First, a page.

In March, investor’s nerves were again put to the test, especially those of investors who had missed part of the rally. Indices were again near maximums, although the slight improvement felt in the markets was in fact only a reflection of the more receptive attitude of two important players: the Fed and the parties to the USA-China trade negotiations. Other than that, the macro data was in general similar to that of the last quarter of 2018.
In a nutshell: freezing of rate hikes on both sides of the Atlantic ocean (for now) and rallies in defensive bonds and equity. Relaxation of Chinese tensions and gains for those companies that are more sensitive to trade tariffs.
So, have matters improved again?
In our opinion, the answer is NO. We are on the other side of the December looking glass, when valuations plummeted with no apparent fundamental justification. The current price hikes are also irrational and are most probably driven by the flow of momentum, quantitative algorithm, and technical analysis investors, who base their decisions on the assumption that markets have broken through the resistance level that was curbing the trend, which could very well turn upwards if the current market tendency consolidates.
Markets have rallied, but with a wide dispersion of returns: Defensive companies, generally large caps, are pushing indices upwards while more cyclical companies, that depend to a higher degree on global growth, are still in a bearish mood and discount storm clouds in the horizon. In the US, released data points to a slowing down of the economy –not a recession– although retail sales are no longer so upbeat.
In Europe, its main driver –Germany– has slowed down considerably, with ever-changing PMIs, some of which even point to a recession. Another of Europe’s principal drivers, the UK, is not only pushing against European interests, but also running the risk of seizing up and having to spend some time in the work shop. Also, a hard Brexit –an increasingly probable outcome– would have a direct impact on French GDP given the high flow of goods through the English Channel.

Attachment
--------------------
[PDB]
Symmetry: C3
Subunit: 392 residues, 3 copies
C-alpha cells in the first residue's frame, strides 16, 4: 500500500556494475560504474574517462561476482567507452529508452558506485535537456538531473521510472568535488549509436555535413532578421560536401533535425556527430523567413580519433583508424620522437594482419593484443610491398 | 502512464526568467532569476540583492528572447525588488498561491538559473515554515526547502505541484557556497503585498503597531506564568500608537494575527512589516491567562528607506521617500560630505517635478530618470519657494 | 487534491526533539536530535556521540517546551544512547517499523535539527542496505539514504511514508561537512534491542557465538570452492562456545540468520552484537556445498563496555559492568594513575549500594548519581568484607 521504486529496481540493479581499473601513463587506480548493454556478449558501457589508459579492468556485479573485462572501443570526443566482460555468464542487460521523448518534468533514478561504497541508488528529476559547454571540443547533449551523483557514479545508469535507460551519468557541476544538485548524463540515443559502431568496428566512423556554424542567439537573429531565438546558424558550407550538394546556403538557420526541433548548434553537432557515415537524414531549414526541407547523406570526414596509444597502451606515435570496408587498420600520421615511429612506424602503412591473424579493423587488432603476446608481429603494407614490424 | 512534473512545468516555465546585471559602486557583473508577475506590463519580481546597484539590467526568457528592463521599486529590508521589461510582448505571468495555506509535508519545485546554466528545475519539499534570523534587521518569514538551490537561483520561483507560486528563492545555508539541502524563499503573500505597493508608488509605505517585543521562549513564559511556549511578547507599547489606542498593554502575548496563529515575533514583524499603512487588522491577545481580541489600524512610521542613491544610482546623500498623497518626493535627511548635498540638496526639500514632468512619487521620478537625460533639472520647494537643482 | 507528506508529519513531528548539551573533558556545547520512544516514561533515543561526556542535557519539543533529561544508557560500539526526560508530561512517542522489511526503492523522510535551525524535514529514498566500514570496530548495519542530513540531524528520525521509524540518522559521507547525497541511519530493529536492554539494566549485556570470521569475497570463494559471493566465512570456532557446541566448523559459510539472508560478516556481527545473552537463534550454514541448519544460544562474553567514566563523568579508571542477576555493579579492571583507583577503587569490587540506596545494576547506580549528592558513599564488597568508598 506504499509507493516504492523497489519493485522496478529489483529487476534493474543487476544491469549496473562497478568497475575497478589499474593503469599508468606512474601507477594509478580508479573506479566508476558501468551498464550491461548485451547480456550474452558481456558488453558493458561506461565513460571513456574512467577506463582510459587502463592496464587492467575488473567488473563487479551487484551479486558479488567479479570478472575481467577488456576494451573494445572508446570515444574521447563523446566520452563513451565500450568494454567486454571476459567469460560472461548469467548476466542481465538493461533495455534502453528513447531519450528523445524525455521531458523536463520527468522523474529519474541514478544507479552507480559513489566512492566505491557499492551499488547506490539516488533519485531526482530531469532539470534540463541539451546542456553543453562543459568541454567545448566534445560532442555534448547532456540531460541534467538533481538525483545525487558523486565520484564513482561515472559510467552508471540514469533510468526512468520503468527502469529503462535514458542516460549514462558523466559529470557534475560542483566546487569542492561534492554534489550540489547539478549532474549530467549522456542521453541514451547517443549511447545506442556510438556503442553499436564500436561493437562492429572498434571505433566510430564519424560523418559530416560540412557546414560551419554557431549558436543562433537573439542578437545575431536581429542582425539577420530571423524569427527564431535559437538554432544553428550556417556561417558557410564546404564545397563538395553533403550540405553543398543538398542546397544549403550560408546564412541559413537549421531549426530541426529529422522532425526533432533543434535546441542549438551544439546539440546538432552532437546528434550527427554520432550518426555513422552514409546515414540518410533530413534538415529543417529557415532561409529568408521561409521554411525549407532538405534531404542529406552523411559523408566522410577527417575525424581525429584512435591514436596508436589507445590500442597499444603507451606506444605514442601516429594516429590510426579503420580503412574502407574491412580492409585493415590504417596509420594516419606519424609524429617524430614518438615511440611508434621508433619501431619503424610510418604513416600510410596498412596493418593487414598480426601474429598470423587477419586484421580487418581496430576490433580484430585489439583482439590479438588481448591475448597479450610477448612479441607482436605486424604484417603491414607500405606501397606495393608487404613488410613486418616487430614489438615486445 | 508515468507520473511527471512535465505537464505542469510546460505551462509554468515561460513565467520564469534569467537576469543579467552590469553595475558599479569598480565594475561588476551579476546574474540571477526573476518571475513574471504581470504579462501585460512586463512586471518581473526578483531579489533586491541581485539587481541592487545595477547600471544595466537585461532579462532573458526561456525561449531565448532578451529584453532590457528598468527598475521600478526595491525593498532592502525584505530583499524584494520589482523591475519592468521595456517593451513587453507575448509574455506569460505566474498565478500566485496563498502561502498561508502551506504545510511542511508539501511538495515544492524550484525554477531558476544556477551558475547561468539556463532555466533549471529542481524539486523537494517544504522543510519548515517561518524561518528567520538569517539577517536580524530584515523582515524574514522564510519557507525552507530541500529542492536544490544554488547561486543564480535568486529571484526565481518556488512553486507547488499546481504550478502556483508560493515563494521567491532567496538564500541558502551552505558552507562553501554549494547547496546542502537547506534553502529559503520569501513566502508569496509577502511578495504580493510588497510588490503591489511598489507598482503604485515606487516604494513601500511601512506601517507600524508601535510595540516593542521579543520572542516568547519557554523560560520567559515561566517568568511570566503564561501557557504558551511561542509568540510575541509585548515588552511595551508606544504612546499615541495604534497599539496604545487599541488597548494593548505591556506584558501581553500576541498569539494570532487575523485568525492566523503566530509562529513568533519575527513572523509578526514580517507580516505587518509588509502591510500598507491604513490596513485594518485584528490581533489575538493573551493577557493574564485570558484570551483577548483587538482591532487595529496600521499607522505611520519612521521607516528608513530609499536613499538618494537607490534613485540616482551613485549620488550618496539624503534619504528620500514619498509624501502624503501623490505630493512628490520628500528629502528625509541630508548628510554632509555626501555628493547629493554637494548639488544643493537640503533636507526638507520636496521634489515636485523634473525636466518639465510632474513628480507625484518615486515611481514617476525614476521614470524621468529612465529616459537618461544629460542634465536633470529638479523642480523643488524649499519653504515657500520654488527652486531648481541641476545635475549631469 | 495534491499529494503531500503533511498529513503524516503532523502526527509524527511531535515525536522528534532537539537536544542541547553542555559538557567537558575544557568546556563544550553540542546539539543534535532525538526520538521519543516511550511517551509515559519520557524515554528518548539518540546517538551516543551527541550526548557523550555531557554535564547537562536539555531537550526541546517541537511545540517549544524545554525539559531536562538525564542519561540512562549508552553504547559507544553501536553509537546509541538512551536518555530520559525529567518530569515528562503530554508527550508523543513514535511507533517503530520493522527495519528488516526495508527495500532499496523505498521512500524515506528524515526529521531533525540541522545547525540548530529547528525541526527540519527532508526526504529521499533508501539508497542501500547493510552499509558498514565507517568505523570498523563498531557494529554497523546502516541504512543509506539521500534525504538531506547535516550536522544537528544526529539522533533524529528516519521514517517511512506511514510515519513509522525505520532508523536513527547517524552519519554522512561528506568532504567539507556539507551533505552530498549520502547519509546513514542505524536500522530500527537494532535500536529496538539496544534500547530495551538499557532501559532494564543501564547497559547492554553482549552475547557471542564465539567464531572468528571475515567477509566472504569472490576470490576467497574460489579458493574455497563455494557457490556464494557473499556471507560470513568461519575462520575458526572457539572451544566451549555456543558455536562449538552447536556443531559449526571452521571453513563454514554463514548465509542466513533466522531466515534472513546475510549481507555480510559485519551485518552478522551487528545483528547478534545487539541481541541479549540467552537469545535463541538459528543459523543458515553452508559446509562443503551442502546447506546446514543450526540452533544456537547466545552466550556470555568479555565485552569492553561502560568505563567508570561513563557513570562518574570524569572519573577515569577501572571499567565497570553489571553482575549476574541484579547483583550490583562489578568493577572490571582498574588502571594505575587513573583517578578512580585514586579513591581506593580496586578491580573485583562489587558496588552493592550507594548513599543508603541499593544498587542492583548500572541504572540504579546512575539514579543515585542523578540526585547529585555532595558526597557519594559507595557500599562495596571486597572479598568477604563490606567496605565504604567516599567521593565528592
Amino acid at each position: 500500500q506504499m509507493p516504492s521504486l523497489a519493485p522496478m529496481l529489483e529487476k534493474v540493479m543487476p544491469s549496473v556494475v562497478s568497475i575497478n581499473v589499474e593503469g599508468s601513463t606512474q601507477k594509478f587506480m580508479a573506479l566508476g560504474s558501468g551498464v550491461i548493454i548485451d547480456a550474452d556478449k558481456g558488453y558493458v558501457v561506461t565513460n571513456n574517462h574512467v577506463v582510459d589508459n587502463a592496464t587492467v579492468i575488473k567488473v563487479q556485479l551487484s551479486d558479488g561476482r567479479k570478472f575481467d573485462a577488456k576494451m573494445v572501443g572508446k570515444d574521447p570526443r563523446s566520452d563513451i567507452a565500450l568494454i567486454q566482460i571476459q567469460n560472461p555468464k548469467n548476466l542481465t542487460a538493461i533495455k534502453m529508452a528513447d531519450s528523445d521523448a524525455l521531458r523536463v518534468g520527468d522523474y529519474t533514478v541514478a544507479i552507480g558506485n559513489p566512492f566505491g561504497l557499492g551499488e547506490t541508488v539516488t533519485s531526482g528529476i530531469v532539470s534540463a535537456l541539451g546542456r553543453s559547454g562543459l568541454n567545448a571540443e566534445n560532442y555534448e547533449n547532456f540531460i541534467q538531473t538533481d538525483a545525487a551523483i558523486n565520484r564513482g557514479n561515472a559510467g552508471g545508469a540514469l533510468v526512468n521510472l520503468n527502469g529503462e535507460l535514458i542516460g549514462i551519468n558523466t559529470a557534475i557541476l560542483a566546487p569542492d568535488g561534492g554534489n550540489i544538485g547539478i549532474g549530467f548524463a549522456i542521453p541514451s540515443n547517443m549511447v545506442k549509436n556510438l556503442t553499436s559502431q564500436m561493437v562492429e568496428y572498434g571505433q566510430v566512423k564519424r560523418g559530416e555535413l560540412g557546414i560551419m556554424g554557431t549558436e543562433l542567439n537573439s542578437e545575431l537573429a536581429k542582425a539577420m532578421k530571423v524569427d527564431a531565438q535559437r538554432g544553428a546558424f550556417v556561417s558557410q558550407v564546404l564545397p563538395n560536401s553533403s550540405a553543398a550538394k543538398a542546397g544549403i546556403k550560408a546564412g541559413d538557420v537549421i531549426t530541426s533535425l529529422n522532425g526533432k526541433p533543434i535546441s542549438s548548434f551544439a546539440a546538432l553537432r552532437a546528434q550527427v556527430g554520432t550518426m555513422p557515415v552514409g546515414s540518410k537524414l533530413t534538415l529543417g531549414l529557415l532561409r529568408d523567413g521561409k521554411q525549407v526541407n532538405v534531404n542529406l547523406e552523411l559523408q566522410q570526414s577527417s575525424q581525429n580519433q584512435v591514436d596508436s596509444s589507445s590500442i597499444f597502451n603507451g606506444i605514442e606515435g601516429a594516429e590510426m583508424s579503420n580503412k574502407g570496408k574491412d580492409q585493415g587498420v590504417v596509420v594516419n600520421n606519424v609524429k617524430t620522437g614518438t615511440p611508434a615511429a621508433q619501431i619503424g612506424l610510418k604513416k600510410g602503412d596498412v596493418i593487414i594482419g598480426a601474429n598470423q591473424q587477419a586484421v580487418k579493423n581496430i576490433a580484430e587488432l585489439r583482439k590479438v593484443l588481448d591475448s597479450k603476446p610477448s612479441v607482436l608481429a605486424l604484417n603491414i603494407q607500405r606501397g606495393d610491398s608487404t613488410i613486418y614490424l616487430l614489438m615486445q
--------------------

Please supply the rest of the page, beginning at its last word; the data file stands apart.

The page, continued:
It seems that the English won’t manage to reach an agreement, even if they are sequestered like the 19 cardinals of the papal election of 1268, who after a year-long deadlock were held in confinement; and when they still failed to designate a Pope, had their food put on rations. As their dilatory attitude continued after this, part of the roof over their heads was pulled down making their stay somewhat less comfortable. Gregory X was finally elected Pope on March 27, 1272; 34 months later! The reasons why the English are now finding it hard to reach a deal is simple enough: If they chose the Norway option, they will have to agree to most European Directives and requirements, while not participating in their drafting as have until now (being part of the European legislative bodies). If they chose a hard Brexit they risk facing an irreparable fracture in the kingdom (Scotland, Northern Ireland…) and a severe recession initially. Having to choose between bad and worse; their predicament is understandable.
What does this scenario mean for investors? A similar predicament.
Prudence for conservative investors; an opportunity for more audacious ones. For our part, we lean towards prudence and have increased hedges, bearing in mind, nonetheless, that as long as monetary policies remain accommodating and recession is held at bay, markets may continue to improve.